What do Aditya Birla, Bajaj, JSW, Lupin, Vedanta and Essel have in common besides the fact that they are among the most successful business houses in India? They all are owned by families and individuals of the same community, the Marwaris.
Being very close to the Marwaris (for I am one myself, although not a true one yet) I have seen and heard of the journeys of quite a few of them. I am extremely fascinated by the philosophy and methods in which they operate business. But what tops them all is a Marwari’s philosophy of managing risk.
Since one always needs to take a bit of risk to be successful, here’s how the Marwari’s work in the face of it.
1. Risking all the Way
For a Marwari, money is literally god, and the only way to appease this god is by taking risks. That is why, until a decade ago, you would not have seen a true blue Marwari doing a white-collar or a blue-collar job. Doing a job is a temporary occupation for a Marwari, just to learn the ropes before s/he takes the big leap.
No matter how much it pays, working on someone else’s payroll for life restricts a Marwari’s risk-taking capability. It hampers their journey towards financial freedom, it hinders wealth creation. The fear of taking risk would make a Marwari financially average.
2. Making Cash before Doing Big
For no Marwari, success is measured in terms of income, but in savings net of taxes. Even idle cash-in-hand should be invested to earn interest. The aim is to make excellent profits by ensuring high margins and fiercely controlling every paisa, including the taxes paid each year. No wonder Marwaris are often labelled 'Kanjoos Marwaris'.
Until a Marwari family is in the early stages of starting a business, they will curtail expenses, live in a small house (or in the shop itself) till they have made enough cash to buy a house. Availing a loan is the last option for even financing the business.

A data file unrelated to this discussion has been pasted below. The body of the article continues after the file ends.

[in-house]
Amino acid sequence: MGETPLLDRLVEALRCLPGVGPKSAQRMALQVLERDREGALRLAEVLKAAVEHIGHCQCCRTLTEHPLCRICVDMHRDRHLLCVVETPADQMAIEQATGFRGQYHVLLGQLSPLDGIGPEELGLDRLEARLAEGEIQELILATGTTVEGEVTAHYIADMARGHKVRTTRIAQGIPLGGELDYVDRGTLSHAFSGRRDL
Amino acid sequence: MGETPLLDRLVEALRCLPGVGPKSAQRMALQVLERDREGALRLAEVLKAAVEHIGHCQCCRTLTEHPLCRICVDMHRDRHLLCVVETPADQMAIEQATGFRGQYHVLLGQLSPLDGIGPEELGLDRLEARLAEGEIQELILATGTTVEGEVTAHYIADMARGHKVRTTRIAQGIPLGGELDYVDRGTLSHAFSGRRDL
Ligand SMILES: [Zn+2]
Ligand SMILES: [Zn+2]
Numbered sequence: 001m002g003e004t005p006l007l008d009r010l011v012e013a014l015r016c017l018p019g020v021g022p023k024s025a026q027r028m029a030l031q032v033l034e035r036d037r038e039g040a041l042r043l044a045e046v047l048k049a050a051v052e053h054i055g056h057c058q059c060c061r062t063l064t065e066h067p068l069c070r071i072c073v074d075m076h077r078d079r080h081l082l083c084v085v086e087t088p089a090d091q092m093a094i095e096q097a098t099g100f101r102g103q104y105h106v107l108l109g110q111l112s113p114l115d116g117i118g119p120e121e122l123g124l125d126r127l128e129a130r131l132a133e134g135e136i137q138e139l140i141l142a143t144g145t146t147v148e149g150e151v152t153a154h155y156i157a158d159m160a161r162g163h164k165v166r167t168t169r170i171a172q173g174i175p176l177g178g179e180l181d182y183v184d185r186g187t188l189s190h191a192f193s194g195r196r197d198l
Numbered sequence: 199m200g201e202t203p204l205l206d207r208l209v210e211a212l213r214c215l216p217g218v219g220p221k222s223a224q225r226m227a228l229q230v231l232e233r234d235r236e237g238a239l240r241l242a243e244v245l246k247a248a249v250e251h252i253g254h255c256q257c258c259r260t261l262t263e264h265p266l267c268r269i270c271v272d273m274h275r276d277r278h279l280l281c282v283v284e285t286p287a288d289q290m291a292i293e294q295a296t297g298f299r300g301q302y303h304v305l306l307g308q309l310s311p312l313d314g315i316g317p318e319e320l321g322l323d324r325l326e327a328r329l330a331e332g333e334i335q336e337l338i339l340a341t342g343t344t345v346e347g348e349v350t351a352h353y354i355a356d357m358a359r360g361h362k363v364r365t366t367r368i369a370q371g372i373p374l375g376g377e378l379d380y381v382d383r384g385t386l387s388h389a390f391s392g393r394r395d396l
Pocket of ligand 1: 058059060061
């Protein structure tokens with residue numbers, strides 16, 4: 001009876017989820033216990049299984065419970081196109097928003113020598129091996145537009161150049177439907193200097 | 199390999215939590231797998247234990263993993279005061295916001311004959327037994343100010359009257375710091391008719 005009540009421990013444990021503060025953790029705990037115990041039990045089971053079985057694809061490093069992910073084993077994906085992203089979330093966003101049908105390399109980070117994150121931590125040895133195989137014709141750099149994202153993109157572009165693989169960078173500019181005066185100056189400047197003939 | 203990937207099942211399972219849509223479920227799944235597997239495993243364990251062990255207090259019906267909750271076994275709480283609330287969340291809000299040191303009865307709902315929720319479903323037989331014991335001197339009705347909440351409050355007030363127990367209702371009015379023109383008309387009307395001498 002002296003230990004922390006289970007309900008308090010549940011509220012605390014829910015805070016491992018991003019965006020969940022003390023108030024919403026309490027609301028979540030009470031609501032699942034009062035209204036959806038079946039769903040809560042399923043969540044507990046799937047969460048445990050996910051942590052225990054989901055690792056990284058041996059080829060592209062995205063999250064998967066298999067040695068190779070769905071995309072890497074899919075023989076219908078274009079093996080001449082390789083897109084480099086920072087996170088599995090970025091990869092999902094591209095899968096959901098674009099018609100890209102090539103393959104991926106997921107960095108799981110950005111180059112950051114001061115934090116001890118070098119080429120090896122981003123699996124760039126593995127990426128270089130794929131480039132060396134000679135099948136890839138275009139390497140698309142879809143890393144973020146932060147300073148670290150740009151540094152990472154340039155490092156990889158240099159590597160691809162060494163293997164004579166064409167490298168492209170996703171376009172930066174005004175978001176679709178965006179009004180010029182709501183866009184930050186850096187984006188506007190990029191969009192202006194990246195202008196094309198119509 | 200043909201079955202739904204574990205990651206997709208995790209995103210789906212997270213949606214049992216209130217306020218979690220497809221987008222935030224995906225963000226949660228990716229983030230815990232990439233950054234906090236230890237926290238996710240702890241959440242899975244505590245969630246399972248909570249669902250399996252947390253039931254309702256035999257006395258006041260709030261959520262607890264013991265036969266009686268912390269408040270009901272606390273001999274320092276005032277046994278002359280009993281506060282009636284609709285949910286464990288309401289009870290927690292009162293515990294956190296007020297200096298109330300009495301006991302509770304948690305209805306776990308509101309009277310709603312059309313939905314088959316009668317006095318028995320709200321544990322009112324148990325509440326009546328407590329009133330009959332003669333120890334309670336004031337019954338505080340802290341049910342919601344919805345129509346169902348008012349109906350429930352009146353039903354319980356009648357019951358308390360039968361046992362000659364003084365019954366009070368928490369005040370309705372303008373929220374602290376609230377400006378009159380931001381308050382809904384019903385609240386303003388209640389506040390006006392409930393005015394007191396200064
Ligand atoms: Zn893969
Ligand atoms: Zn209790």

3. Staying Disciplined
Since money is the end-game as far as business is concerned, Marwaris have amazing control over accounting. Books and inventories are tallied every day. Even if it were on an ordinary piece of paper, all expenses, stock movements, and other cash outlay, including personal expenses, are meticulously accounted.
The people of this community, at least the older lot, are extremely punctual. Even on the occasions of a close relative’s wedding, the business will continue to run. They will ensure that the family attends the celebration in turns, while the customers are seamlessly attended to.
Marwaris are extremely well-connected. They socialize, attend weddings. Networking helps their business and creates a backup pool, if something were to go wrong financially or otherwise. Marwaris are ready to help anyone and everyone – from the most influential businessman in town to their building’s watchman, from the vegetable vendor to the local politician. They skillfully tap into this network whenever the need arises.
5. The Plan-B
Marwaris understand that taking risk without covering the downside is foolish. Thus, they ensure to keep enough backups. They create sufficient contingency funds that power their resilience to take risks. They will invest in safer instruments, like LIC, PPF, gold and Government bonds, without worrying about interest rates or return on investments. They invest in assets or businesses that generate fixed passive income. Moreover, a Marwari father's biggest backup is his eldest son, whom he has trained in the entire business process.
It is also extremely rare to find a Marwari who does not have an insurance, especially mediclaim or health insurance. Of late, term life insurance has also caught up. Marwaris understand the math too well to not enjoy the benefits of insurance. They keep a tab on the coverage, plan upgrades and make sure that such plans are executed at the right time. Ultimately, it is all part of the bigger scheme.